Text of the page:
Is olive oil necessary/important to consume? - Mothering Forums
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#1 of 12 Old 01-26-2013, 09:14 PM - Thread Starter
 
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Reading the olive oil thread below got me thinking... how necessary is it?   I know I shouldn't cook with olive oil, and I just don't have much use for it otherwise, I guess.  We eat very little of it at our house and I'm wondering if I should make an effort to change that.

 

We get plenty of healthy fats in our meats, from lard and bacon fat, coconut, dairy, and avocado.  Am I missing something by not consuming olive oil?


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#2 of 12 Old 01-27-2013, 11:54 AM
 
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Olive oil is the one oil most powerfully associated with lower risk of cardiovascular disease, and to a lesser extent dementia and possibly cancer. High-quality EVOO should, in my view, be one's number one source of fat. As I was saying on the other thread, Tom Mueller, author of "Extra Virginity: The Sublime and Scandalous World of Olive Oil",maintains a database of producers and sources of premium extra-virgin olive oil on his website: http://www.truthinoliveoil.com/great-oils/north-america
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#3 of 12 Old 01-27-2013, 01:27 PM
 
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dbl post


There is a battle of two wolves inside us.  One is good and the other is evil.  The wolf that wins is the one you feed.

 

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#4 of 12 Old 01-27-2013, 01:32 PM
 
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I did not use EVOO for years - now I love it!  love.gif

 

I don't know if yopu have to eat it to be healthy - but it is a great replacement for others fats.

 

The 2 ways I most often use it:

 

1.  Pour some EVOO in a bowl.  Add some balsamic vinegar - stir gently.  Salt and pepper to taste. Dip your bread (focaccia is really nice!)  into it.  Oh so good!  Usually I use butter on bread (and I do not think butter is that bad for you, it beats margarine) but EVOO adds some variety and it is better than butter.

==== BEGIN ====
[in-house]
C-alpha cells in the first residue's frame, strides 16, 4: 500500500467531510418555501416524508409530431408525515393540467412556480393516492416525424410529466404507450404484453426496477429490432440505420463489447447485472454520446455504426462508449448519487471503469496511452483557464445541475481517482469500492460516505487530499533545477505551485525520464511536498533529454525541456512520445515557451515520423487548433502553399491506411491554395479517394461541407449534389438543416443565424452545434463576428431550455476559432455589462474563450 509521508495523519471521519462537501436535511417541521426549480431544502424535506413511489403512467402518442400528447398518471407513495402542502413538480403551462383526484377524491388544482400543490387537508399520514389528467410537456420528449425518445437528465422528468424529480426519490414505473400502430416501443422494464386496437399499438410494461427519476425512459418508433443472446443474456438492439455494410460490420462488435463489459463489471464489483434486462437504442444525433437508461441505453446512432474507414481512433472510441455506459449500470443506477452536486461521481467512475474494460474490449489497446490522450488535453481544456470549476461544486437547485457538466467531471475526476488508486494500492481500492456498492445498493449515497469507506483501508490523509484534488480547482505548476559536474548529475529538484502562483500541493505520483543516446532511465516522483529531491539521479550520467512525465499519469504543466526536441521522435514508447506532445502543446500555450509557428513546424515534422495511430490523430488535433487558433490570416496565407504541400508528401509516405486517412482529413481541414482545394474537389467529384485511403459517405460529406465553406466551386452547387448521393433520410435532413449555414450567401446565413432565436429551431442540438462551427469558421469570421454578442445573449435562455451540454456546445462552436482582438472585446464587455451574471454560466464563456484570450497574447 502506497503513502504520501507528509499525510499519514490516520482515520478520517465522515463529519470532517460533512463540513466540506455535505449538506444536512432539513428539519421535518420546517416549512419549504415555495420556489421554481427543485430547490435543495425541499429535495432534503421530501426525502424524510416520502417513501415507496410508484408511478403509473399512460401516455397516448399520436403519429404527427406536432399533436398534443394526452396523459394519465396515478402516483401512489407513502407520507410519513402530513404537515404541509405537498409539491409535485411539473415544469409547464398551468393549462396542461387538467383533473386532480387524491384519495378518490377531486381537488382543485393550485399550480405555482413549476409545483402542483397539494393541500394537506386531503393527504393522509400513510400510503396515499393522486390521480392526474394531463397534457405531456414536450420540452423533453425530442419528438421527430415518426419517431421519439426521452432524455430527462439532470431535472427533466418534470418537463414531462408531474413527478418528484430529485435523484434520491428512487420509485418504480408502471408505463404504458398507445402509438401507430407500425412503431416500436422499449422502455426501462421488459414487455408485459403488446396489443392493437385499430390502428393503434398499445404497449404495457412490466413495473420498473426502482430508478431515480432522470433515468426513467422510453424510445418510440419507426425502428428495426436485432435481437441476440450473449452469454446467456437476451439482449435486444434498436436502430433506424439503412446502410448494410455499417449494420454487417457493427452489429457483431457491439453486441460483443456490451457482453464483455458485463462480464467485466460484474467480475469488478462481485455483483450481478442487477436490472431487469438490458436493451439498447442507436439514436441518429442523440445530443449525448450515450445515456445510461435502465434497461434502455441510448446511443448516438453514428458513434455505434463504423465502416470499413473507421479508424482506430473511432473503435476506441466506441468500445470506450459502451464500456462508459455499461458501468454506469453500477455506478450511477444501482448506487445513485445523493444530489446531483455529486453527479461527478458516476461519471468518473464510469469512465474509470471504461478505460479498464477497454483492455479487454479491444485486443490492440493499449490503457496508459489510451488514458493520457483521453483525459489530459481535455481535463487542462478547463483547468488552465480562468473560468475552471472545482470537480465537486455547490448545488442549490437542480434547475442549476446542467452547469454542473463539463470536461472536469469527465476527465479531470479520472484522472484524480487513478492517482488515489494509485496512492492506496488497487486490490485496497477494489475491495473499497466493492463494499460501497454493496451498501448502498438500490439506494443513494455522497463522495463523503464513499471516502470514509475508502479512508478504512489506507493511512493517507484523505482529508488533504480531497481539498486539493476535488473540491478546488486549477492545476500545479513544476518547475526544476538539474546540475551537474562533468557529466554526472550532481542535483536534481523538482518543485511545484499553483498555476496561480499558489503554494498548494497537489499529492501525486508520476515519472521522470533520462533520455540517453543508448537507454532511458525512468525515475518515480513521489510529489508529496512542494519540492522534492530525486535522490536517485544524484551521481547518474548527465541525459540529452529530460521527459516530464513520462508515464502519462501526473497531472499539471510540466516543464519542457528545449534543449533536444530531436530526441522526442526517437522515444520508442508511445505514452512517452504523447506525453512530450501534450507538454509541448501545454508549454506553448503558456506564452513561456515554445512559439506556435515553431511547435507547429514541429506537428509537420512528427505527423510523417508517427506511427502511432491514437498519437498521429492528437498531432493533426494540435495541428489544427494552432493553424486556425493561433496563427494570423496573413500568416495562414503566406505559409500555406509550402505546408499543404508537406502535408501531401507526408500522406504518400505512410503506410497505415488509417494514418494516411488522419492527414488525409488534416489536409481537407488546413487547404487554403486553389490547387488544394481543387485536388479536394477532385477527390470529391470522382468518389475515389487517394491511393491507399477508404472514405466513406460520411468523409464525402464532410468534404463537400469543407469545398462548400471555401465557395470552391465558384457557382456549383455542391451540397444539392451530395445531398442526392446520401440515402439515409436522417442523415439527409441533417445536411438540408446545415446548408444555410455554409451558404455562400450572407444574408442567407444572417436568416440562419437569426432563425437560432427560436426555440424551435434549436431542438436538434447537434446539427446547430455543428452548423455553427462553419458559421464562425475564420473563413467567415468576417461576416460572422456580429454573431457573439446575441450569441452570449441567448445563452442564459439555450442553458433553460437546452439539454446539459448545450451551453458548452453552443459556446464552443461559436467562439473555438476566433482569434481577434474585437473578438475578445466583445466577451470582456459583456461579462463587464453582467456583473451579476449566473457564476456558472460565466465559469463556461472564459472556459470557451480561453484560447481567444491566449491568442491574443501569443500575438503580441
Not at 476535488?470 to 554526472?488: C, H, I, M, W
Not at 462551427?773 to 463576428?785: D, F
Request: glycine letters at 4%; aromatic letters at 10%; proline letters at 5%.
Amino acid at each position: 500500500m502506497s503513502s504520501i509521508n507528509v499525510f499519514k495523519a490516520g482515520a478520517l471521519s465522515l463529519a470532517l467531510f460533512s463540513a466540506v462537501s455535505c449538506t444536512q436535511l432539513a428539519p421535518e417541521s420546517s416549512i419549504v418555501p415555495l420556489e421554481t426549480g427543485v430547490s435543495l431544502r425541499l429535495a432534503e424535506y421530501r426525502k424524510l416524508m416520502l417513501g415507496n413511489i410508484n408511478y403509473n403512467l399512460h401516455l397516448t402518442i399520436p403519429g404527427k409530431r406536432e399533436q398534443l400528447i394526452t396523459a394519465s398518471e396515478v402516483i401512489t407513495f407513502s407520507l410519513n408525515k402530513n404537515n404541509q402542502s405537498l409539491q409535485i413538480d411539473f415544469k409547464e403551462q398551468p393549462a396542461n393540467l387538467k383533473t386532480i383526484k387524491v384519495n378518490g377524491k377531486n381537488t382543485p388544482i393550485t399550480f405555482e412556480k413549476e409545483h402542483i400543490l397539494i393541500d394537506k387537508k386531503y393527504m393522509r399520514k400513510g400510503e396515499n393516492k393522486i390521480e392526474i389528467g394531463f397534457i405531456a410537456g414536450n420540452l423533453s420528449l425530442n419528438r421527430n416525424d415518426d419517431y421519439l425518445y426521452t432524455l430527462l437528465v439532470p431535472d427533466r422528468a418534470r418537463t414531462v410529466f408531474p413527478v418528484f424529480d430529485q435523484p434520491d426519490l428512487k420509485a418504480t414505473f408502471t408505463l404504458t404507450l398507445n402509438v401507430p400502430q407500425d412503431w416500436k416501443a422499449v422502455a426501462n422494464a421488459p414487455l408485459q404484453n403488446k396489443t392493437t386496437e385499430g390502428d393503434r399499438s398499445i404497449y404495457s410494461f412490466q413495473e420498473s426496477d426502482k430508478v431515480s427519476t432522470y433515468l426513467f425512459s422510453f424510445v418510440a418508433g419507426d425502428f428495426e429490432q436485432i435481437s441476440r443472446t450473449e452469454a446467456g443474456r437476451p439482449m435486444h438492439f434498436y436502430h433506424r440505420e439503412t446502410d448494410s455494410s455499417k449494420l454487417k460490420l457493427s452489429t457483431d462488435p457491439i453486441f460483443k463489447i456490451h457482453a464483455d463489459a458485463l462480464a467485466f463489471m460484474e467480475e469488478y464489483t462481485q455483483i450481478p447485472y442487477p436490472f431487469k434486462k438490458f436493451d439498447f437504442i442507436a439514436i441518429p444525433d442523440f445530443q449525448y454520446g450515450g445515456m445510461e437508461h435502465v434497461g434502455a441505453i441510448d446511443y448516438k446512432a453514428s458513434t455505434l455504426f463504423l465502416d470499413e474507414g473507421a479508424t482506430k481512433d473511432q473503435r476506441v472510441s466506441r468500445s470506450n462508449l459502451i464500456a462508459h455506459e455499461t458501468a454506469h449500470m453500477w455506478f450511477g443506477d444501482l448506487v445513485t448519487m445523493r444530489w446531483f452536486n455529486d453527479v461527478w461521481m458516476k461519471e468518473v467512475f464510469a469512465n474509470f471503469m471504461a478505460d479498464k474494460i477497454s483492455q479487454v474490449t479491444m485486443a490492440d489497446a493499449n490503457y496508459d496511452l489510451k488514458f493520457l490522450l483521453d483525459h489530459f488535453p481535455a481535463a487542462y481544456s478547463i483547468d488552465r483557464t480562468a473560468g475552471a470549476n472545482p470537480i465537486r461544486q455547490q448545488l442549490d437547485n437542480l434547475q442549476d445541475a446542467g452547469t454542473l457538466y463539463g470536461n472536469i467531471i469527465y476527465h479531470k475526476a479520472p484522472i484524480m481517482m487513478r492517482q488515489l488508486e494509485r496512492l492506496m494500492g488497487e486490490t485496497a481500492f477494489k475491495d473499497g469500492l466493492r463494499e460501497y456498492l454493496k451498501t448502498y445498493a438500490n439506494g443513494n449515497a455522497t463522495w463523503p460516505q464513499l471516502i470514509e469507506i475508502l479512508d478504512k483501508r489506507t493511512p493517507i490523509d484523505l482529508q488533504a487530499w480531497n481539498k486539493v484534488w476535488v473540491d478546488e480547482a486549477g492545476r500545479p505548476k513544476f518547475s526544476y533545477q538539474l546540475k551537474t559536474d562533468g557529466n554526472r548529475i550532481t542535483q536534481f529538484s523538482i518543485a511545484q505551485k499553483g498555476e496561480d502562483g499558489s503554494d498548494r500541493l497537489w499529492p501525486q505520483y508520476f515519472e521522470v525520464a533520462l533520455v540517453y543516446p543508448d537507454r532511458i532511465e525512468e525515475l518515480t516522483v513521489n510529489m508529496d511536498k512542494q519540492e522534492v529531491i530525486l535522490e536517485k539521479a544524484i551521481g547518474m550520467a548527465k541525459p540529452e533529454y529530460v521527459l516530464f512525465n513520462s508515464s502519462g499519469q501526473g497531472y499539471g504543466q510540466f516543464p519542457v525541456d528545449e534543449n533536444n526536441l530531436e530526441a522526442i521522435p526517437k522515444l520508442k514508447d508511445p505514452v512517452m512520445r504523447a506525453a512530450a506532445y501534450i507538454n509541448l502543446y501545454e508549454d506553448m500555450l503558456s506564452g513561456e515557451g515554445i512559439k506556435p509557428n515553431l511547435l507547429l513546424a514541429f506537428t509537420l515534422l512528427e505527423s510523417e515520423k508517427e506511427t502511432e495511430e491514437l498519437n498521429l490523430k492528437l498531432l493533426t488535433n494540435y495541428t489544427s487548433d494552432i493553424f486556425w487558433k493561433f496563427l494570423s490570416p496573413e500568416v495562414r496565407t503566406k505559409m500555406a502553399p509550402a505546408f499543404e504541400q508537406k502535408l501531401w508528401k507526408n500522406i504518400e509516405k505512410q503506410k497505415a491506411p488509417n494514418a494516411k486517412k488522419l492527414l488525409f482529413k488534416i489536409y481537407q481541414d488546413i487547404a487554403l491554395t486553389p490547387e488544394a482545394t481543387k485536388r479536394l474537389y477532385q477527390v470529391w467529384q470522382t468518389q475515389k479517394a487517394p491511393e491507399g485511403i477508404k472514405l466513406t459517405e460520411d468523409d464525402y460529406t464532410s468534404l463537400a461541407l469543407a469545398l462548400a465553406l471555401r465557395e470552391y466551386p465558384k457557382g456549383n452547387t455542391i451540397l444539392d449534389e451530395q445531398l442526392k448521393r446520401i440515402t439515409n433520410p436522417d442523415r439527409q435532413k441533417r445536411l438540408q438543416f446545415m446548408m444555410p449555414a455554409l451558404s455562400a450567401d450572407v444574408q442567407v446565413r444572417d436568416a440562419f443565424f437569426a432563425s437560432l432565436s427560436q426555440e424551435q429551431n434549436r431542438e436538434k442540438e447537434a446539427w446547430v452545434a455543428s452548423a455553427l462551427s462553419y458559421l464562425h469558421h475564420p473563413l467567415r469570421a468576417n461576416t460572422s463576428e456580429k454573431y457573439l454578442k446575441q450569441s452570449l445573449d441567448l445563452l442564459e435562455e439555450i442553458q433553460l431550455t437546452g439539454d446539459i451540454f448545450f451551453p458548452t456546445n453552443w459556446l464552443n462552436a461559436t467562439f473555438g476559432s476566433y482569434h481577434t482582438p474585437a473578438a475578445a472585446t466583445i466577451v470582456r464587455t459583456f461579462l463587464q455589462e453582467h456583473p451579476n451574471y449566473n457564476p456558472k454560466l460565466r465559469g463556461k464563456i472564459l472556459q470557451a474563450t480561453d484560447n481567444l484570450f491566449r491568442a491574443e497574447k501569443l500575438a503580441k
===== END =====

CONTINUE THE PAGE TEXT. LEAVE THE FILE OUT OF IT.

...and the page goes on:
2.  Salad dressing.  My favourite is a balsamic vinagrette,

Here is a basic recipe - dump the contents in a mason jar and shake.  it will keep in the fridge for a few days, easily.

 

  • 3/4 cup (175 mL) extra-virgin olive oil
  • 1/3 cup (75 mL) balsamic vinegar
  • 1 tbsp (15 mL) lemon juice
  • 1 tsp (5 mL) Dijon mustard
  • 1 clove garlic, minced
  • 1/4 tsp (1 mL) salt
  • 1/4 tsp (1 mL) pepper

I made an almond dressing last week I love, here is a recipe (same deal - shake it up in a jar)

 

  • 1/2 cup ground almonds
  • 1/4 cup sherry vinegar (I think i may have done half vinegar, half lemon juice)
  • 2 tbsp honey
  • 1 cup olive oil
  • Sea salt and cracked black pepper to taste
  •  

In season, EVOO and balsamic vinegar drizzled over a caprese salad (tomato, mozarella, and basil) is very , very good.  

 


There is a battle of two wolves inside us.  One is good and the other is evil.  The wolf that wins is the one you feed.

 

Book and herb loving mama to 1 preteen and 2 teens (when did that happen?).  We travel, go to school, homeschool, live rurally, eat our veggies, spend too much time...

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#5 of 12 Old 01-28-2013, 07:36 AM
 
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Op, your fat consumption sounds great. We don't use olive or coconut oils because my dd can't tolerate them. I don't believe there is any one single food that must be either used or avoided by *everyone*.

 

En10mum, welcome to mdc and the traditional foods forum. If you would like to learn more about traditional diets and why we liberally embrace saturated fats in our diet, Nina Planck's Real Food book or The Weston A. Price Foundation are good places to start. 

http://www.westonaprice.org/

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#6 of 12 Old 01-28-2013, 09:59 AM
 
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Olive oil is an essential addition to anyone's kitchen.  Olive oil is different from any other oil in that it is essentially the fresh squeezed juice of an olive, with no chemical processing at all.  Nearly all seed oils (canola, soy, vegetable, corn, etc) are heavily refined and offer little health benefits and if you ask me, are doing you more harm than good.  

 

Olive oil is high in polyphenols (a type of vitamin E), which is a powerful antioxidant that is only found in olive oil as opposed to any other oil, and is high in healthy, natural Omega 3s.  Of course, to gain the most benefits from your olive oil, it is important buy a high quality Extra Virgin Olive Oil.  I began learning about olive oil a few years ago during a trip to Italy.  I was astounded at the difference between a good quality oil and the standard popular supermarket oils like Bertoli and Filippo Berio I had been buying for years.  A high-quality EVOO should be complex in flavors (anywhere from grass, almond, artichoke, to apple) and be slightly bitter and pungent.  Essentially, the more bitter and pungent (think of a slight tingling sensation in the back of your throat) an oil, the higher it is in polyphenols and the healthier it is for you.

 

Also, it is a common myth that you cannot cook with olive oil.  Throughout the Mediterranean they have been cooking with it for centuries, and they're some of the healthiest people on the planet.  I've even fried french fries in EVOO like I ate in Italy and they're delicious!  The key is to heat the oil just below its smoking point (450 degrees F).  Olive oil is the only oil I have in my kitchen and I use it for everything from baking to frying, and of course, on salads, as a finishing oil or just eating it plain with a slice of fresh baked bread.